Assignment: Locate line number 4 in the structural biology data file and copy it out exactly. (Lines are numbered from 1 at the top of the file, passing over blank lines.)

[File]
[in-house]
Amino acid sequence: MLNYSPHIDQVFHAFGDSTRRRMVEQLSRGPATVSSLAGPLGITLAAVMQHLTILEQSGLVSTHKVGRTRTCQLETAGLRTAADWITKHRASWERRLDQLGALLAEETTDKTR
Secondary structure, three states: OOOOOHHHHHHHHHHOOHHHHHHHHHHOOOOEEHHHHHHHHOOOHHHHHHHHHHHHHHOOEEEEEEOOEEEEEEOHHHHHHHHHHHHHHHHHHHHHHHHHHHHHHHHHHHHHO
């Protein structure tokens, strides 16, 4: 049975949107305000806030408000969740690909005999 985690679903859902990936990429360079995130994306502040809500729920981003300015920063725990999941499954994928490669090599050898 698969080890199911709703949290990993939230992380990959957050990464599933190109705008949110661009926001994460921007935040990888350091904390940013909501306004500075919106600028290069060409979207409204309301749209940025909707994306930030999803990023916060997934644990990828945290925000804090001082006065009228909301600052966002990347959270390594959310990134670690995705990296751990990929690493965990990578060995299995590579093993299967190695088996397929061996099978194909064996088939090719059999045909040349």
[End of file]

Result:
């Protein structure tokens, strides 16, 4: 049975949107305000806030408000969740690909005999 985690679903859902990936990429360079995130994306502040809500729920981003300015920063725990999941499954994928490669090599050898 698969080890199911709703949290990993939230992380990959957050990464599933190109705008949110661009926001994460921007935040990888350091904390940013909501306004500075919106600028290069060409979207409204309301749209940025909707994306930030999803990023916060997934644990990828945290925000804090001082006065009228909301600052966002990347959270390594959310990134670690995705990296751990990929690493965990990578060995299995590579093993299967190695088996397929061996099978194909064996088939090719059999045909040349």